By Mary Carpenter
Placed under a new spotlight by recent interest in psychedelics, Holotropic Breathwork can offer a similar experience —without the drugs’ risk of unpleasant nausea or scary hallucinations— as reported in by Mary Carpenter following her 2018 three-day holotropic breathing retreat in Joshua Tree, California.
“SOME SHOOK their limbs wildly, looking possessed…the dozens of attendees at the recent breathwork workshop in San Francisco were… health care professionals completing the final step of an eight-month certificate program in psychedelic therapy,” Ernesto Londono wrote last month in the New York Times. “A few minutes into [the breathwork] session, which lasted nearly three hours, several participants began to weep.”
“It was trippy,” said Oregon naturopath JJ Pursell, who compared the “depth of what I experienced” with holotropic breathing to psilocybin, the psychoactive compound in magic mushrooms. Psychedelic research motivated Seattle palliative care physician Caroline J. Hurd to enroll in the training, based on reports that “psychedelics eased the fear and dread of people facing grim prognoses, allowing them to be more present and emotionally resilient in their final days.”
That chronic pain—“often a physical manifestation of repressed emotional trauma” —might respond to psychedelics was the hope of another participant, Oakland psychologist Bayla Travis, according to the New York Times. After “a wave of heavy emotions that made her cry and shake,” Travis had a vision of herself being carried by another adult, which was “deeply soothing” and made her feel “comforted.”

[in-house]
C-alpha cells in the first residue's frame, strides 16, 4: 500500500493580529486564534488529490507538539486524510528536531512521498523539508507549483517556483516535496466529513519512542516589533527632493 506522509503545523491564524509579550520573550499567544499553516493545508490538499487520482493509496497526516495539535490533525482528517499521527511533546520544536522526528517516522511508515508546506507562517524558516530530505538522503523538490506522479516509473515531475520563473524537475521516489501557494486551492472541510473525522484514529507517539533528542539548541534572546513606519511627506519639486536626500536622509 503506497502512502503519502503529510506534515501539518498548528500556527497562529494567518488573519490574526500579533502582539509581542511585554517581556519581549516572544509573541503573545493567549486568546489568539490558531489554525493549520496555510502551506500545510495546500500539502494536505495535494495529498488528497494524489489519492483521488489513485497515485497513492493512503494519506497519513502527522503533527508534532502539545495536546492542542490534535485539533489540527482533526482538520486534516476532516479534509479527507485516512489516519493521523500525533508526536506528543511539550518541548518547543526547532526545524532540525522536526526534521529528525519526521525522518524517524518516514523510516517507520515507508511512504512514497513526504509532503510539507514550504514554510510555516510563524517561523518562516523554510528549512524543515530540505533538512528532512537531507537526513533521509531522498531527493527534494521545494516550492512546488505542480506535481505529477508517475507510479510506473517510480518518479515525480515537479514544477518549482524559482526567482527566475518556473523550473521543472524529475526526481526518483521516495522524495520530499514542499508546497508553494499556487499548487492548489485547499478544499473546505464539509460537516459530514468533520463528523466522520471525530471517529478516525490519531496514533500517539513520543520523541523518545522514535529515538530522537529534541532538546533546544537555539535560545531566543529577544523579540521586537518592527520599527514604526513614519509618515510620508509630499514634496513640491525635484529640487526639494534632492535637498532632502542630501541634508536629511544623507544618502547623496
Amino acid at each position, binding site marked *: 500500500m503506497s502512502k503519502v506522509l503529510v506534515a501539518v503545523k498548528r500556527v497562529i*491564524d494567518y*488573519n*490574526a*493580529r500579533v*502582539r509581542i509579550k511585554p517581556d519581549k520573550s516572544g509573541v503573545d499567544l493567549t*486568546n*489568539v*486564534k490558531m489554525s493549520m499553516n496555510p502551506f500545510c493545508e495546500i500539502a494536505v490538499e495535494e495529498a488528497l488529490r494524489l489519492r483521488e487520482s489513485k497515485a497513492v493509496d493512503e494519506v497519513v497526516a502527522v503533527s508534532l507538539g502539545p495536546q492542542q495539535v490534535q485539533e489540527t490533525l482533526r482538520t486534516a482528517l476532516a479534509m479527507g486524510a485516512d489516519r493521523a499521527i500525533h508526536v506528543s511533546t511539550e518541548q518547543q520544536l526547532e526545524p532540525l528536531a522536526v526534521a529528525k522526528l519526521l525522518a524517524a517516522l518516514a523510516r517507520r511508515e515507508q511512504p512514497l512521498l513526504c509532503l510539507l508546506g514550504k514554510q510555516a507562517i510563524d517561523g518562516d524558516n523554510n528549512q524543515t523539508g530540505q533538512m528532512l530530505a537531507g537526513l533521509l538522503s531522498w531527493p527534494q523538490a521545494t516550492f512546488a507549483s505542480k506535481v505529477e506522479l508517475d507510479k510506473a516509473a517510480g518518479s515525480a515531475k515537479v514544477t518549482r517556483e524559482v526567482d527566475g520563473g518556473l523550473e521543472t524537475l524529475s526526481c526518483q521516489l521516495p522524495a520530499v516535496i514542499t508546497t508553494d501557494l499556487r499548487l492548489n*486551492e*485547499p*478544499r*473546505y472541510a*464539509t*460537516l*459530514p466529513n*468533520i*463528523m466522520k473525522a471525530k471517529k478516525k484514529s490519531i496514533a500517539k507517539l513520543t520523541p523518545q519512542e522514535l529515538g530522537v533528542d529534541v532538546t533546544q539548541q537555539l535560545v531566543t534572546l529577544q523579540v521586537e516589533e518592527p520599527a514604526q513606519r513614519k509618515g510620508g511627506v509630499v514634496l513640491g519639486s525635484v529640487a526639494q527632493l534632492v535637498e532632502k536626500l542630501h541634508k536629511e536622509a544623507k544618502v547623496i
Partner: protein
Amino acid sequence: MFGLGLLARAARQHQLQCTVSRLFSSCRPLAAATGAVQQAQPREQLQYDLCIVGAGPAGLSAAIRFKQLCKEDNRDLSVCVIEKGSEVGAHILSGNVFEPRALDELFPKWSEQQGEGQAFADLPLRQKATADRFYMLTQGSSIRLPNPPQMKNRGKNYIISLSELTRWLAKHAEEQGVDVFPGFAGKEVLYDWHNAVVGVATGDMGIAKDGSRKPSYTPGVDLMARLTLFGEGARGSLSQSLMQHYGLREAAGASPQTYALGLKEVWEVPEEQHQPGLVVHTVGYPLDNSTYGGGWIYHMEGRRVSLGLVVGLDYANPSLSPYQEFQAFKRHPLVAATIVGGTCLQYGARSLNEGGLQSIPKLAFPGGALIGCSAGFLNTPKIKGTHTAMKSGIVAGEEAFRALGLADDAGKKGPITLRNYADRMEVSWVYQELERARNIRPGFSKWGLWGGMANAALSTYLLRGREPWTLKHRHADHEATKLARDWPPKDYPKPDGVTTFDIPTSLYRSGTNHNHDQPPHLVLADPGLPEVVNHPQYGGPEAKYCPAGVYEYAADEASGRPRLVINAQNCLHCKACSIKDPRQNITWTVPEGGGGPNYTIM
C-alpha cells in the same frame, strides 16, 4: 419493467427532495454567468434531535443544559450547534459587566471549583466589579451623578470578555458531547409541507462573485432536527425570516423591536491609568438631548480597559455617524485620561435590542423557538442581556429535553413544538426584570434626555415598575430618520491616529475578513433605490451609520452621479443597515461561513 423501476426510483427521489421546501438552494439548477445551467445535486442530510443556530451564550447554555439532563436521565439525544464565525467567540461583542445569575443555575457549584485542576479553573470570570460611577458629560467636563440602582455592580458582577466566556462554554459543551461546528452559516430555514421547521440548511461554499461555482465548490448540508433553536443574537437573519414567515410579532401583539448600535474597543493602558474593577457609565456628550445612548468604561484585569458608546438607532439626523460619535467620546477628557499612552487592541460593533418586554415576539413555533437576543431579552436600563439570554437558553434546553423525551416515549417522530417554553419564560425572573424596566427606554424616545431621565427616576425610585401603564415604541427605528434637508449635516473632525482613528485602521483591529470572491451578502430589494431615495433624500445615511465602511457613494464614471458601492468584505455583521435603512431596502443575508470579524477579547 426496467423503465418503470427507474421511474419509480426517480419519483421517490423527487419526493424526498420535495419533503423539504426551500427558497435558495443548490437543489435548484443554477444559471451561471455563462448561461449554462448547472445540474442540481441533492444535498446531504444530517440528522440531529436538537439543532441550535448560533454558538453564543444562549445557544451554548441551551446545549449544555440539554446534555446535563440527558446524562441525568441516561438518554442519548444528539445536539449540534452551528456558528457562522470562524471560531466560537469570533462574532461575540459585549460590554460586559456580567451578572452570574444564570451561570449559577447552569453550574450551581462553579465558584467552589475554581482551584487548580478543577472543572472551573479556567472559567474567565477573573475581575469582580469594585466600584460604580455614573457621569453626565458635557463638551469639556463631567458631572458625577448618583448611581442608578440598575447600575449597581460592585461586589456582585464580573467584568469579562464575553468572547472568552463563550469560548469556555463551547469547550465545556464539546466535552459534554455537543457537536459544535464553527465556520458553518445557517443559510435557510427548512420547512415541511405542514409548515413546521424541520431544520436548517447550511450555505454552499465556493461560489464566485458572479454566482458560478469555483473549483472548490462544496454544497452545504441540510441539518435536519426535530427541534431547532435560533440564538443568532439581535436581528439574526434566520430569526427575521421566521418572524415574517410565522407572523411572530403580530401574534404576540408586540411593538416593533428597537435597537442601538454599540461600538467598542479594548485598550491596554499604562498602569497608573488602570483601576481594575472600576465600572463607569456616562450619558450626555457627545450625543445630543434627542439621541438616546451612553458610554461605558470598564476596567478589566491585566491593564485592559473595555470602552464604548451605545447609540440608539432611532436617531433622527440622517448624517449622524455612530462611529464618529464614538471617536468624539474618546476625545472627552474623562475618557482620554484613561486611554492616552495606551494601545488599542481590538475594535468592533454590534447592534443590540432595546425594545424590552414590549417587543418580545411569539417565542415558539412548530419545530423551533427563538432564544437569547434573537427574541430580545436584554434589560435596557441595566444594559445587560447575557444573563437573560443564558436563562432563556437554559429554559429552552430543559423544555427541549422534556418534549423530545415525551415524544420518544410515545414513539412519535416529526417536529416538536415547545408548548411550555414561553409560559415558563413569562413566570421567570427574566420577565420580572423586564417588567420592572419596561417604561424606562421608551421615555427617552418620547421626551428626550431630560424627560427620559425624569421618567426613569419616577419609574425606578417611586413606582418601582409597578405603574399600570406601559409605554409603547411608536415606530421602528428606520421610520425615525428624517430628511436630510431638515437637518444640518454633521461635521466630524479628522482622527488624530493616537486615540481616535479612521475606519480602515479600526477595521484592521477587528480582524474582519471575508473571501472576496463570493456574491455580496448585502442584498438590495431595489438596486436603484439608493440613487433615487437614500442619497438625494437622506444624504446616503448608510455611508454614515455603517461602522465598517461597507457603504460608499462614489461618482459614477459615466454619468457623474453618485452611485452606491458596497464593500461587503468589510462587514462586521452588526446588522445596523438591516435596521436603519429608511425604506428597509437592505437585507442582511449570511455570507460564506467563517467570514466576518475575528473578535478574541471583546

From Mary’s 2018 report:
I AM LYING on a foam mattress wearing an eye mask, with a pillow and blanket, water and tissues by my side—and a “sitter” to hand me any of these things if I need them, also to lead me to the bathroom (still blinded by the eye mask) and call for help if I want or appear to need it from one of six trained facilitators. My sitter, Rosie, is a massage therapist and yoga teacher, and a good childhood friend.
The motivation for creating workshops in Holotropic—from the Greek, growing towards wholeness—Breathwork, also called neurodynamic breathing, began with investigations into LSD as a therapeutic tool by 1960s researcher Stanislav Grof. By 2009, more than 100,000 Americans had participated in these workshops, drawn by the possibilities of achieving relief from anxiety, depression and PTSD without ingesting drugs—as well as of experiencing psychedelic hallucinations and enlightenment.
Deep, fast breathing accompanied by music of specific vibrations can direct blood flow away from brain structures responsible for rigid thinking and background chatter—and can allow for the greater “connectivity and ego-dissolution” associated with the long-term improvement in well-being that can also happen with psychedelic drugs.
Reduced carbon dioxide in the blood (caused either by hyperventilation itself or by the brain stem response) has been shown to “modify emotional states,” UCLA neurobiology professor Jack Feldman told Cosmopolitan.
Wrote Conor Creighton on Vice about Breathwork, the workshops add “after-care and some therapeutic suggestions. Plus, there’s someone to catch you before you fall over.”